The International Criminal Court (hereafter the ICC) first indicted the Sudanese head of State, Omar Hassan Ahmad Al-Bashir, in March 2009 for the crimes committed by the Sudanese Armed Forces, the National Intelligence and Security Service, and affiliated Arab militias in the course of the Darfur civil war that broke out in early 2003.
Western media, NGOs or governments have occasionally embraced the depiction of the Darfur conflict made by the Sudanese government.That is: a conflict opposing autochthonous African rebels – mainly factions belonging to the Sudan Liberation Army (SLA) and the Justice and Equality Movement (JEM) – to the Arab government of Sudan over issues such as power-sharing, resource-sharing, or traditional land rights. This common representation of the conflict obscures the fact that Arab tribes instrumentalized by the government of Sudan suffer the same structural and systemic discrimination as African tribes do in Darfur. It also begs the question of former transnational affiliations of JEM and SLA factions to Chad or Libya.
Since March 2005, former ICC chief prosecutor Moreno-Ocampo opened six cases indicting mainly members of the Government. Yet, ICC chief prosecutor Fatou Bensouda announced in December 2014, that war crimes investigations in Darfur were coming to a halt due to the lack of support from the United Nations Security Council (UNSC) and from the United Nations-African Union Mission in Darfur (UNAMID). President Al-Bashir welcomed the news as a victory and most gladly mocked the Court in the local media. The situation worsened lately when the High Court of Justice in Pretoria failed to arrest Al-Bashir and to eventually surrender him to the ICC while he was participating to the African Union Summit in South Africa in June 2015. 1 On June 15th, after the Attorney of the South African Government stated he had reliable information that Al-Bashir left the country, the High Court of Justice in Pretoria decided too late the Government was under an obligation to arrest him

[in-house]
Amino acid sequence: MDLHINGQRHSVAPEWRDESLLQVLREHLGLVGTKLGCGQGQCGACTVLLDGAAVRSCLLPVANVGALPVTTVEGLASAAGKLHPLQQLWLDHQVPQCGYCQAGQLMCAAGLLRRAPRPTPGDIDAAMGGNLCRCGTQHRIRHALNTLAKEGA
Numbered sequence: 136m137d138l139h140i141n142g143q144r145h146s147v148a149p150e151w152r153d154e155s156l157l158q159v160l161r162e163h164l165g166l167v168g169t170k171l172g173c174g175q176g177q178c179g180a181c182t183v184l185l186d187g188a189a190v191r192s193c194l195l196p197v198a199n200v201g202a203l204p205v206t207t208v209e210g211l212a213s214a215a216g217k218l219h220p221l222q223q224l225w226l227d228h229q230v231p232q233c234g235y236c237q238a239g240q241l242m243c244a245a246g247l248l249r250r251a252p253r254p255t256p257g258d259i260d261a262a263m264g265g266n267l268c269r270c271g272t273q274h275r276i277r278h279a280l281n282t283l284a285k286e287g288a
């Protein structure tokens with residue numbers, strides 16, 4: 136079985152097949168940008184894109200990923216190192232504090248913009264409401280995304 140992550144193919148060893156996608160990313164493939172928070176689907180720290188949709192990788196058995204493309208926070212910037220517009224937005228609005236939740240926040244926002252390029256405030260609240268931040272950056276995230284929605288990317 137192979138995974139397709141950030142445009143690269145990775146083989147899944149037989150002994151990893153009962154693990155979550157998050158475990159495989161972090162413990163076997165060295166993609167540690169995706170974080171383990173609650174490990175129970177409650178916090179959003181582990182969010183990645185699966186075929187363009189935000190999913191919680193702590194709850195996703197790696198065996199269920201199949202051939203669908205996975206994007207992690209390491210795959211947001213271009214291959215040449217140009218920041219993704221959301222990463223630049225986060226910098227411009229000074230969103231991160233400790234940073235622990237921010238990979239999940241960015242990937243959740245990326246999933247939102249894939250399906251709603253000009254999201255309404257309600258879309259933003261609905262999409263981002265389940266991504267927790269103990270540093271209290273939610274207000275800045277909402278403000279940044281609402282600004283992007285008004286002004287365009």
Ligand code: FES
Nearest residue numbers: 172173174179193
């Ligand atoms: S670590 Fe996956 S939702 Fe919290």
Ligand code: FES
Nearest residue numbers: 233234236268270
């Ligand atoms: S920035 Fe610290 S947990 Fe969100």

The difficulties the ICC is facing in the Darfur situation originate in its structural defects – the lack of coercive means and the necessity to rely on State cooperation. These defects came to light in the process of issuing the second arrest warrant for Al-Bashir, which damaged the Court’s legitimacy and resulted in the current halt of war crimes investigations in Darfur. In this article, I investigate how the judicial fabrication of criminal facts in the Al-Bashir case served the purpose of securing the political aim of arresting the Sudanese head of State. In this process, the improper recourse to the crime of genocide had dramatic effects on the categorization of minorities in Darfur, and stressed the polarization of ethnic identification in the conflict. I will first suggest that the reference to the crime of genocide was a strategic and clumsy resolution to secure the arrest of Al-Bashir (1). This unfortunate strategic move relied on a simplistic reading of ethnic groups’ involvement in the conflicts taking place in Darfur. This reading reinforced a conflict-based approach to the definition of minorities that misread the ethnic dynamics in Darfur by relying both on a too simplistic African-Arab polarization and on an imprecise correlation between ethnic minorities and rebel groups (2). I will therefore show that this approach does not adequately represent ethnic dynamics at work within conflicts and proves unable to secure minority protection in Darfur (3).
The instrumental reference to the crime of genocide and the damaged legitimacy of the ICC